What I’m getting at is, as Buck Rogers as it sounds now, if there comes a time when children start with e-board books, and then graduate to e-story books, to e-chapter books, to e-young adult novels, and so on, they won’t have the same object-to-text associations we have. Are we talking 20 years, or 50 years, or 100 years? I have no idea. But I believe it will probably happen eventually, though you and I may not be around to see it. I don’t think booksellers, particularly antiquarian booksellers, have anything to worry about.

To switch gears a bit, Between the Covers was involved in the appraisal of the William Burroughs collection that sold to New York Public Library. How could archives such as that be best served by the internet?

Suppose all the letters, notebooks, and cutups of Burroughs were scanned in. In theory, the more manuscript and archival material scanned in, transcribed, indexed, and searchable the better. The possibilities for advances in our understanding of authors, their writings and their personal lives, are tremendous. Anybody, anywhere, could sift through the raw material themselves and make connections that nobody else would make. This isn’t the best example, but look at what Scott Brown was able to do with the issue point on Faulkner’s The Sound and the Fury. Scott, the editor of Fine Books magazine and a tenacious researcher, examined via scanned archives of periodicals the advertised prices of a certain book over the course of a few weeks in 1929, and in doing so figured out roughly when that book’s price was changed. Since the book is advertised on the back of The Sound and the Fury, but at different prices on different copies, this allowed him to determine which issue precedes (the one with the lower price, rather than the one with the higher price). With an archive of manuscripts and correspondence made truly publicly accessible via the Internet the possibilities for fresh insight are almost infinite.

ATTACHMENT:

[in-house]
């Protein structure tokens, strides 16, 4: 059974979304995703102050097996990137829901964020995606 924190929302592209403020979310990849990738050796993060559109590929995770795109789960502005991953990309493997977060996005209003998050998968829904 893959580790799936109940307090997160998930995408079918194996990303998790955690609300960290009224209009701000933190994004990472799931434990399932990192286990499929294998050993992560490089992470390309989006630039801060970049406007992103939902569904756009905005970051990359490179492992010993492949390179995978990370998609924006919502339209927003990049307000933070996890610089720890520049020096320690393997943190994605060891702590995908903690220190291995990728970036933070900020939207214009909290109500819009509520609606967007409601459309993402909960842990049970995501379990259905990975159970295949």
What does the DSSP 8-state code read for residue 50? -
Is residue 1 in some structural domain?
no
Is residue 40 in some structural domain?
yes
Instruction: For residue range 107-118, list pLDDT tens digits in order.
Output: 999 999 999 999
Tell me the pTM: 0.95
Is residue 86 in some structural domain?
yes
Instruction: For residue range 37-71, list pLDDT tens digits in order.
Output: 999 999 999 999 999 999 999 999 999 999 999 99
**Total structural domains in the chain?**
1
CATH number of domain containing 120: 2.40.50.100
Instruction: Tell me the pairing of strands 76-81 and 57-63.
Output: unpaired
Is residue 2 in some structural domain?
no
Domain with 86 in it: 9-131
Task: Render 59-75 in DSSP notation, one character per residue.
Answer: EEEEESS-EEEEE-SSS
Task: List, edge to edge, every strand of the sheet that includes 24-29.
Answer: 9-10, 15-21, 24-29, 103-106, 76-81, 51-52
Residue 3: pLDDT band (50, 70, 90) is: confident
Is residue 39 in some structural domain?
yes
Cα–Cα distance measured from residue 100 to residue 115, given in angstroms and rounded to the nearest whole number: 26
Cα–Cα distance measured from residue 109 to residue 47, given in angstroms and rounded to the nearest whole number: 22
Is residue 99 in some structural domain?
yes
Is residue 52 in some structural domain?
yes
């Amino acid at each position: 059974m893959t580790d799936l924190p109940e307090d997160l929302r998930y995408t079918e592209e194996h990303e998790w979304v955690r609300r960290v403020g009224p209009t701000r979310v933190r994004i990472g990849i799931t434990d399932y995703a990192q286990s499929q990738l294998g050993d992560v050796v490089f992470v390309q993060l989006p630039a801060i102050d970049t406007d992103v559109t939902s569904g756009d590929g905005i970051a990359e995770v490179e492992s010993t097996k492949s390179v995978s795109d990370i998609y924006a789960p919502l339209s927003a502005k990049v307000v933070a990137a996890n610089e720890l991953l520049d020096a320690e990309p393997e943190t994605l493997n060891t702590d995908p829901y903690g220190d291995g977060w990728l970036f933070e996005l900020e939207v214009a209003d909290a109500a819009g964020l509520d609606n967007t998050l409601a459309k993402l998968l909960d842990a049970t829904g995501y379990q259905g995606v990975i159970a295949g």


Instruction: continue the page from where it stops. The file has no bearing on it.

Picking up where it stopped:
But there are at least two problems with this information Utopia. First, scanning archives costs money, and institutions need to see a return on their investment in some form or another. Hopefully page views by interested patrons would be enough to justify a grant for further scanning. Secondly, I’ve heard from some librarians, such as Dan De Simone, Curator of the Rosenwald Collection at the Library of Congress, that counter-intuitively the increased accessibility of scanned material leads to an increase in requests to see the real thing. Maybe it goes back to my mantra of appreciation for the physical object — I don’t know. But if institutions are spending more not ONLY on scanning, but also on increased supervision of requests to touch as well, then they might be doubly disinclined to get that unique material digitized. I hope not — I hope one day any person anywhere had as great a likelihood of making a unique contribution to the understanding of an author or a work as the couple of people have ready access to the physical archive.

Written by Jed Birmingham and published by RealityStudio on 20 November 2007. Also be sure to read part 1 of Jed Birmingham’s interview with Dan Gregory of Between the Covers.